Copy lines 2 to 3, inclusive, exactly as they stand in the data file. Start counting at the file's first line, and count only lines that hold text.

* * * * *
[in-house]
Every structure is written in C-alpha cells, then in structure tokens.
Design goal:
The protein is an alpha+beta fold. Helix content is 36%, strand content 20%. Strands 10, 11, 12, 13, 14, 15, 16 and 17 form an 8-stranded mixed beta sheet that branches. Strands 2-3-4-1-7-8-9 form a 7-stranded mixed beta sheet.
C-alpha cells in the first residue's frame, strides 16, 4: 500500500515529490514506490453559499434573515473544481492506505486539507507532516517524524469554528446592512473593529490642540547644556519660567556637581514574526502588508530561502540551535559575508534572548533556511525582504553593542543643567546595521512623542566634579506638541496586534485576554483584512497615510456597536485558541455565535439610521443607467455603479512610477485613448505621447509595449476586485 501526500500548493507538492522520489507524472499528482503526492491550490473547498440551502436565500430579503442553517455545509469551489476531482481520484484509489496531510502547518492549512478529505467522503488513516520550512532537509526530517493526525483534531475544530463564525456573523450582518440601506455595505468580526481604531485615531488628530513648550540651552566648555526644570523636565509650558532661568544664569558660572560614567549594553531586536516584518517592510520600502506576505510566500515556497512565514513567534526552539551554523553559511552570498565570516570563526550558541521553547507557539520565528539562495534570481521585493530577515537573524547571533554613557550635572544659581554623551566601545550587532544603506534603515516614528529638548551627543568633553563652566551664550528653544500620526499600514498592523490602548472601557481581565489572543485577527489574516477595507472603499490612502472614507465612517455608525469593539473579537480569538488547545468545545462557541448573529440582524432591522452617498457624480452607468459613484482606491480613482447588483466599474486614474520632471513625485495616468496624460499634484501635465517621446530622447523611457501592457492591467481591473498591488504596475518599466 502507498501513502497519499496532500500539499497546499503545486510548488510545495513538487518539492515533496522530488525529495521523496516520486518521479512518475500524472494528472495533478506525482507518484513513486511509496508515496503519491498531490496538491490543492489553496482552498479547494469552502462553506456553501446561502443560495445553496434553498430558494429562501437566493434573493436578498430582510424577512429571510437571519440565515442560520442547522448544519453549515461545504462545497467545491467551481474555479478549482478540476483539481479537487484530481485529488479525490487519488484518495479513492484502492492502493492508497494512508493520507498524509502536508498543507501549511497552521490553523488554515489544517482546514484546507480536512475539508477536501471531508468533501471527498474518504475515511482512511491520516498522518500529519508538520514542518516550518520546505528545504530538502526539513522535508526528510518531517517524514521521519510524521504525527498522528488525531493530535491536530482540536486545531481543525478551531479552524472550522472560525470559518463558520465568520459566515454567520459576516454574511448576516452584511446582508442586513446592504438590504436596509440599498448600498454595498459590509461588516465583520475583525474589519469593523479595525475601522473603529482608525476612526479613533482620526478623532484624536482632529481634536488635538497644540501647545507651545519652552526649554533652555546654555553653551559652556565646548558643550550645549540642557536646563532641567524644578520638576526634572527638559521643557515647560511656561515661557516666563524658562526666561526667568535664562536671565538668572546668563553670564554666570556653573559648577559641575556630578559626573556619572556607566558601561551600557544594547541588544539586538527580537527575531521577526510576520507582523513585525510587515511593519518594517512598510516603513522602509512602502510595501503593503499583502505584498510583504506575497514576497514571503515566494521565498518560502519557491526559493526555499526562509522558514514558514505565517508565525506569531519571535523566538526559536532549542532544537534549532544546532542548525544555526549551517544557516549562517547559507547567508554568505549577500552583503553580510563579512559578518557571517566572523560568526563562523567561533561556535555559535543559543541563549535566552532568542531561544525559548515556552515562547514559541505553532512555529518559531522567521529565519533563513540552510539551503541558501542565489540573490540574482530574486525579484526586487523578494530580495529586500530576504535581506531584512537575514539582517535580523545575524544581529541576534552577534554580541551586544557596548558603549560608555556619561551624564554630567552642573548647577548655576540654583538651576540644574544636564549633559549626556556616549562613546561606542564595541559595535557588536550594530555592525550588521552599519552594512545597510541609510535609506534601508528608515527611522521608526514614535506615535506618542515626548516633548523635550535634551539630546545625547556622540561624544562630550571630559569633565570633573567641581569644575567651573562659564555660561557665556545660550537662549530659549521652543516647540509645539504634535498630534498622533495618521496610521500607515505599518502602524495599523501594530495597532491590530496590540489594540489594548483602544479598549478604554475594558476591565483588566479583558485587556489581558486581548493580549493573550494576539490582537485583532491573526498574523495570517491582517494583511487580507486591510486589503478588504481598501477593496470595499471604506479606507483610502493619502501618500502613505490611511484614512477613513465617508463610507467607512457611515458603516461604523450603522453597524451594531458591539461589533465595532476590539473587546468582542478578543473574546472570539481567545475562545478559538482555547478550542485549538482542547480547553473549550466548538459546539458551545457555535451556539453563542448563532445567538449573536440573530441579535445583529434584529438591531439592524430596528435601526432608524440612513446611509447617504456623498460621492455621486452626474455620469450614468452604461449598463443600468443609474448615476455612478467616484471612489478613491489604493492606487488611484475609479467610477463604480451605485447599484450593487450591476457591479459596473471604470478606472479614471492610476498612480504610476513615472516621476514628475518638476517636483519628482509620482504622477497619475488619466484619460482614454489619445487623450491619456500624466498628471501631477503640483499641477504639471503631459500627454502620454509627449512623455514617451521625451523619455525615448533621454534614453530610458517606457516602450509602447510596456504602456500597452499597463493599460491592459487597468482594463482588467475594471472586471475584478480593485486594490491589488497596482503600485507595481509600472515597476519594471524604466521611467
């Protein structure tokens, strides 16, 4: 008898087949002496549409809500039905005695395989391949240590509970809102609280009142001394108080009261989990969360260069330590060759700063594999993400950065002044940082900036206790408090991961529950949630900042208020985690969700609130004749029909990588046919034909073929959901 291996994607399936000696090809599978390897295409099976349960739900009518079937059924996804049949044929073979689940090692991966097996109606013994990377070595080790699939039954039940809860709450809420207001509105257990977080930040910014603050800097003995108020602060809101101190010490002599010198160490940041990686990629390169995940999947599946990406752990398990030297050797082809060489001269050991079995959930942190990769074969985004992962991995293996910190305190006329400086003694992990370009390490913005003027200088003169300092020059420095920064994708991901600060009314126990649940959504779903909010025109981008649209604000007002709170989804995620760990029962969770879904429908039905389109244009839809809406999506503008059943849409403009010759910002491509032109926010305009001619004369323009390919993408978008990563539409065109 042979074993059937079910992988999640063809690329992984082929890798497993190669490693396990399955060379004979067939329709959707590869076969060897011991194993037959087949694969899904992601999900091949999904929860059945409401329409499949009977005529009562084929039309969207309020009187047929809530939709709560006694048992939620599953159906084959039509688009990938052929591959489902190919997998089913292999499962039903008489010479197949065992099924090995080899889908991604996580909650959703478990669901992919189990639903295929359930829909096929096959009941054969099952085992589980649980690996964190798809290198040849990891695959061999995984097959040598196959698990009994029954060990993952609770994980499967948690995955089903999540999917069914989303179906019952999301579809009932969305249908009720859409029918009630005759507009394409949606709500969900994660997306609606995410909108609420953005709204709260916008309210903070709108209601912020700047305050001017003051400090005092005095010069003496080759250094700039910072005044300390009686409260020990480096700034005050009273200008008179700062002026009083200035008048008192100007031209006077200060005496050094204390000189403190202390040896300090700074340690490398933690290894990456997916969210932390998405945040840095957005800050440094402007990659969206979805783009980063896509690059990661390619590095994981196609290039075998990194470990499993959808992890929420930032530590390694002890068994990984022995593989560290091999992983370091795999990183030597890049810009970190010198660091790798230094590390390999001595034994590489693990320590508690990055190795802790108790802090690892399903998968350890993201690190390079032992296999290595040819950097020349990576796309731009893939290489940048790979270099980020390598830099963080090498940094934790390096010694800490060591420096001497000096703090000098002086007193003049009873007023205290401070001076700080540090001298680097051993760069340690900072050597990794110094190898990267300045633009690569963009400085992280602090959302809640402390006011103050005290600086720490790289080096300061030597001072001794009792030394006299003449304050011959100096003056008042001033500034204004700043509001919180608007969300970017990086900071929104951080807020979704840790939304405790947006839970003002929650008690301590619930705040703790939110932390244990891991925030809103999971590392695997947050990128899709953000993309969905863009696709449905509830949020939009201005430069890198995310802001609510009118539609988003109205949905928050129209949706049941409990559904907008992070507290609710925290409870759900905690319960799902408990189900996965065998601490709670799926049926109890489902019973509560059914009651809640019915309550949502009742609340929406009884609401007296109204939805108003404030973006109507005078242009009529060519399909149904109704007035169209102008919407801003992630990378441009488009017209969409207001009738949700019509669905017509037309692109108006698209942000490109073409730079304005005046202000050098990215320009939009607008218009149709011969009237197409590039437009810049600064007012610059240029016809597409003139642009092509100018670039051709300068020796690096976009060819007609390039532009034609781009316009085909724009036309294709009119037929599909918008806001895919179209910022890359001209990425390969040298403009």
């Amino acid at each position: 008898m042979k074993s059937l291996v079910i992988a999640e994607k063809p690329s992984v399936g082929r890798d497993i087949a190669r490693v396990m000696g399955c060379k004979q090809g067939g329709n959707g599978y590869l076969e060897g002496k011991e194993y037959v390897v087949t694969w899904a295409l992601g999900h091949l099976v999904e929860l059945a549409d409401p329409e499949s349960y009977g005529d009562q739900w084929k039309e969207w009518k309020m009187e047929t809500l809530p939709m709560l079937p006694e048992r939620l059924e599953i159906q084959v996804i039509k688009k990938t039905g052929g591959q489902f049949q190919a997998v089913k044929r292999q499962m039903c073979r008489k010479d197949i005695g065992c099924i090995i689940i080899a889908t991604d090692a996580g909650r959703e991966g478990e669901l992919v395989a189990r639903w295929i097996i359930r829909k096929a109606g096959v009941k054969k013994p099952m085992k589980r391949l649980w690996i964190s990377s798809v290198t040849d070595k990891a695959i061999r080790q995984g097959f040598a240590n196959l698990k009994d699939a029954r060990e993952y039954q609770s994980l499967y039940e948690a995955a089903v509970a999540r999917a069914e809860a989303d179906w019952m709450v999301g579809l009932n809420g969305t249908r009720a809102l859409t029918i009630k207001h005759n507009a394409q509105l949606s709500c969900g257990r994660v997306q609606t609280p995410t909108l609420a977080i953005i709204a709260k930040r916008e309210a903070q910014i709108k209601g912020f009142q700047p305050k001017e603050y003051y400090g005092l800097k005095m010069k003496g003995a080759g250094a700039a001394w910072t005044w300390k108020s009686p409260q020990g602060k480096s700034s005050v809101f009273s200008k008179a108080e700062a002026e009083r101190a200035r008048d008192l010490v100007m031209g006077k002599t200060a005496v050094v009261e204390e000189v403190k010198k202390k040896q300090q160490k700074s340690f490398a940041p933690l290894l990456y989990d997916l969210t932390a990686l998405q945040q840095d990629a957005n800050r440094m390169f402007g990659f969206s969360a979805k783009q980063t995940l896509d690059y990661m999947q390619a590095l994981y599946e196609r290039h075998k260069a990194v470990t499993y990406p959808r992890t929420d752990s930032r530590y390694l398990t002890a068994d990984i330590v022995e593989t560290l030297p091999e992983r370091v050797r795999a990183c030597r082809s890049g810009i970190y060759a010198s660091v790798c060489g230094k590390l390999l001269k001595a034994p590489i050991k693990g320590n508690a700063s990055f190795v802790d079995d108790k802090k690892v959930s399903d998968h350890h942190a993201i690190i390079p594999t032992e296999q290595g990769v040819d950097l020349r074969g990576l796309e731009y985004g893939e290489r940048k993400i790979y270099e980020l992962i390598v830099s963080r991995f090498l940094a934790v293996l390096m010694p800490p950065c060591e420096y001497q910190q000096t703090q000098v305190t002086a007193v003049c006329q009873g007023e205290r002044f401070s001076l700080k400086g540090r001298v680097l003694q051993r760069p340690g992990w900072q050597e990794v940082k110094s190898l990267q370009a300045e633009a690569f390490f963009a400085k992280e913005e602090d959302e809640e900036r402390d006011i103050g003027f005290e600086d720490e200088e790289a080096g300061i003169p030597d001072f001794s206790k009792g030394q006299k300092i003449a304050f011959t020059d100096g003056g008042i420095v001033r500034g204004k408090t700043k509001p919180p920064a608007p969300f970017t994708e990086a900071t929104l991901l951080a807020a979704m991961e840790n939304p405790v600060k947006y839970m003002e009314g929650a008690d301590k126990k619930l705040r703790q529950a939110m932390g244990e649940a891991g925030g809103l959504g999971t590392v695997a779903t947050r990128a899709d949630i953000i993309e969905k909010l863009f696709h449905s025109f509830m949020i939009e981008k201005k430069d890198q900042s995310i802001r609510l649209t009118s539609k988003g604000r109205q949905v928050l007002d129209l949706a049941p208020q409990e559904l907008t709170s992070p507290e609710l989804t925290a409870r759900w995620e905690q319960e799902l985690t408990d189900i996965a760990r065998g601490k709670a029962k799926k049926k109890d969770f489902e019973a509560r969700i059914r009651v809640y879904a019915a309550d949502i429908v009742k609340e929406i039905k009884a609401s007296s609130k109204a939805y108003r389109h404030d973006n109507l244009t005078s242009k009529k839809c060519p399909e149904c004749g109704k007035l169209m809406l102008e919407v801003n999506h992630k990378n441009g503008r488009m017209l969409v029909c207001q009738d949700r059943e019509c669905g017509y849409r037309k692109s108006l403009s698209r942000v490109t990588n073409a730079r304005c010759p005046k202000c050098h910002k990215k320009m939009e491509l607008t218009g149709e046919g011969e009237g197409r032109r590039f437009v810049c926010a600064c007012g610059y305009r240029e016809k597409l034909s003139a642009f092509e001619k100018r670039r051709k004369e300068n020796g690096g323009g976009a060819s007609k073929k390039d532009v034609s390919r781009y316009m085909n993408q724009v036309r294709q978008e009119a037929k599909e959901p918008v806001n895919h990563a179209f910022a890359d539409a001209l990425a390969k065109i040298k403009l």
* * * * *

Every structure is written in C-alpha cells, then in structure tokens.
Design goal: